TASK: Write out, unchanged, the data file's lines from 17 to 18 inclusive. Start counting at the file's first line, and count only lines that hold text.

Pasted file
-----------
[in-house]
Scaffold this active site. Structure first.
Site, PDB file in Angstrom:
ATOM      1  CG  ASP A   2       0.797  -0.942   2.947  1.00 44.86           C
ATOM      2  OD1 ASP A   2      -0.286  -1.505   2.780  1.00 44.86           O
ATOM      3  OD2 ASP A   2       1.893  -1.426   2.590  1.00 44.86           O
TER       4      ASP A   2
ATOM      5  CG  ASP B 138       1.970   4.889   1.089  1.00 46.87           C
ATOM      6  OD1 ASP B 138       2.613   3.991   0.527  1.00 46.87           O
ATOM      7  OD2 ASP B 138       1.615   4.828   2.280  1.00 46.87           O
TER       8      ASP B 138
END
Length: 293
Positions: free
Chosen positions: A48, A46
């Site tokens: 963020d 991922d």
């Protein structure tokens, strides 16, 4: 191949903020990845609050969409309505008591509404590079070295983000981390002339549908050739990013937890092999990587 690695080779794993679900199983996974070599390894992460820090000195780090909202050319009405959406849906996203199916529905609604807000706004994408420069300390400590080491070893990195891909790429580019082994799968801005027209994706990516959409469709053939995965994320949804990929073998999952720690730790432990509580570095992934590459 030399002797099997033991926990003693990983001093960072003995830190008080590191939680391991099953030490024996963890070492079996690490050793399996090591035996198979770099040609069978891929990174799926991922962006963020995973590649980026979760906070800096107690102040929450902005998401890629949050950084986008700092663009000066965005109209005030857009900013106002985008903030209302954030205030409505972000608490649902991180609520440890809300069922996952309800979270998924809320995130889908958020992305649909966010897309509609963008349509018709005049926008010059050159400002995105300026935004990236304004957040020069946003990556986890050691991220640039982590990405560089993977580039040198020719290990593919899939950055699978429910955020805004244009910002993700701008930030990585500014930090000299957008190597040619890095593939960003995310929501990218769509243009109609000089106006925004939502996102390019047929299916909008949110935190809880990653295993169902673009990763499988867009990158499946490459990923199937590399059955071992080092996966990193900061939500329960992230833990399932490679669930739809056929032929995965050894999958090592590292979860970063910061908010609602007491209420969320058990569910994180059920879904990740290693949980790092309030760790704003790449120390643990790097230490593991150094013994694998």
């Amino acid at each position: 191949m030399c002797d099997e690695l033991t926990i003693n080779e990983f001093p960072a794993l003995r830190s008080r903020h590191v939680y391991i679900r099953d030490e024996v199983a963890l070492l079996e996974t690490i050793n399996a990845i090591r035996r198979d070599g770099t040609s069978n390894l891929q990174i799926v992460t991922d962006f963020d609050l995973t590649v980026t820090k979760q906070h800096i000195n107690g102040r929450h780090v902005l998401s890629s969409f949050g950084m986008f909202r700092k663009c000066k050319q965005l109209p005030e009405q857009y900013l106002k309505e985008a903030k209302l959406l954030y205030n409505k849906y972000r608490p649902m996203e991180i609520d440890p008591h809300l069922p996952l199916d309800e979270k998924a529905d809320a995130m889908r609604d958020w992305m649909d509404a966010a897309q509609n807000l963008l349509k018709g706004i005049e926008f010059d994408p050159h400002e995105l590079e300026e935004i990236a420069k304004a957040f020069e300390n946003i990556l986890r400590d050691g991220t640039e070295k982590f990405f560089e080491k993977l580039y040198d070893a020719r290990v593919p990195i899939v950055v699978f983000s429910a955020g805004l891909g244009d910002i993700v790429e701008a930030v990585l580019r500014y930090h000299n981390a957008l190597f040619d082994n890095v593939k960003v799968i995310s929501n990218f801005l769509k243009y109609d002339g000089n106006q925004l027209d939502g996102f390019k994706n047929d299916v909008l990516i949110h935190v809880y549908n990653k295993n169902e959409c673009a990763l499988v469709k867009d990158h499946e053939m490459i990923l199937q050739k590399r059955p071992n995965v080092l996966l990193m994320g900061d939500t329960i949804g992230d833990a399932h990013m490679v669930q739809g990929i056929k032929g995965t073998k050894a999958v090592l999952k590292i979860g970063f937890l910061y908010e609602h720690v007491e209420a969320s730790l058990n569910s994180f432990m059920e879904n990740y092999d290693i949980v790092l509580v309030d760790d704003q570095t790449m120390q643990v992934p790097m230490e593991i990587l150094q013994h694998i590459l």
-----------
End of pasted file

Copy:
């Protein structure tokens, strides 16, 4: 191949903020990845609050969409309505008591509404590079070295983000981390002339549908050739990013937890092999990587 690695080779794993679900199983996974070599390894992460820090000195780090909202050319009405959406849906996203199916529905609604807000706004994408420069300390400590080491070893990195891909790429580019082994799968801005027209994706990516959409469709053939995965994320949804990929073998999952720690730790432990509580570095992934590459 030399002797099997033991926990003693990983001093960072003995830190008080590191939680391991099953030490024996963890070492079996690490050793399996090591035996198979770099040609069978891929990174799926991922962006963020995973590649980026979760906070800096107690102040929450902005998401890629949050950084986008700092663009000066965005109209005030857009900013106002985008903030209302954030205030409505972000608490649902991180609520440890809300069922996952309800979270998924809320995130889908958020992305649909966010897309509609963008349509018709005049926008010059050159400002995105300026935004990236304004957040020069946003990556986890050691991220640039982590990405560089993977580039040198020719290990593919899939950055699978429910955020805004244009910002993700701008930030990585500014930090000299957008190597040619890095593939960003995310929501990218769509243009109609000089106006925004939502996102390019047929299916909008949110935190809880990653295993169902673009990763499988867009990158499946490459990923199937590399059955071992080092996966990193900061939500329960992230833990399932490679669930739809056929032929995965050894999958090592590292979860970063910061908010609602007491209420969320058990569910994180059920879904990740290693949980790092309030760790704003790449120390643990790097230490593991150094013994694998």
């Amino acid at each position: 191949m030399c002797d099997e690695l033991t926990i003693n080779e990983f001093p960072a794993l003995r830190s008080r903020h590191v939680y391991i679900r099953d030490e024996v199983a963890l070492l079996e996974t690490i050793n399996a990845i090591r035996r198979d070599g770099t040609s069978n390894l891929q990174i799926v992460t991922d962006f963020d609050l995973t590649v980026t820090k979760q906070h800096i000195n107690g102040r929450h780090v902005l998401s890629s969409f949050g950084m986008f909202r700092k663009c000066k050319q965005l109209p005030e009405q857009y900013l106002k309505e985008a903030k209302l959406l954030y205030n409505k849906y972000r608490p649902m996203e991180i609520d440890p008591h809300l069922p996952l199916d309800e979270k998924a529905d809320a995130m889908r609604d958020w992305m649909d509404a966010a897309q509609n807000l963008l349509k018709g706004i005049e926008f010059d994408p050159h400002e995105l590079e300026e935004i990236a420069k304004a957040f020069e300390n946003i990556l986890r400590d050691g991220t640039e070295k982590f990405f560089e080491k993977l580039y040198d070893a020719r290990v593919p990195i899939v950055v699978f983000s429910a955020g805004l891909g244009d910002i993700v790429e701008a930030v990585l580019r500014y930090h000299n981390a957008l190597f040619d082994n890095v593939k960003v799968i995310s929501n990218f801005l769509k243009y109609d002339g000089n106006q925004l027209d939502g996102f390019k994706n047929d299916v909008l990516i949110h935190v809880y549908n990653k295993n169902e959409c673009a990763l499988v469709k867009d990158h499946e053939m490459i990923l199937q050739k590399r059955p071992n995965v080092l996966l990193m994320g900061d939500t329960i949804g992230d833990a399932h990013m490679v669930q739809g990929i056929k032929g995965t073998k050894a999958v090592l999952k590292i979860g970063f937890l910061y908010e609602h720690v007491e209420a969320s730790l058990n569910s994180f432990m059920e879904n990740y092999d290693i949980v790092l509580v309030d760790d704003q570095t790449m120390q643990v992934p790097m230490e593991i990587l150094q013994h694998i590459l």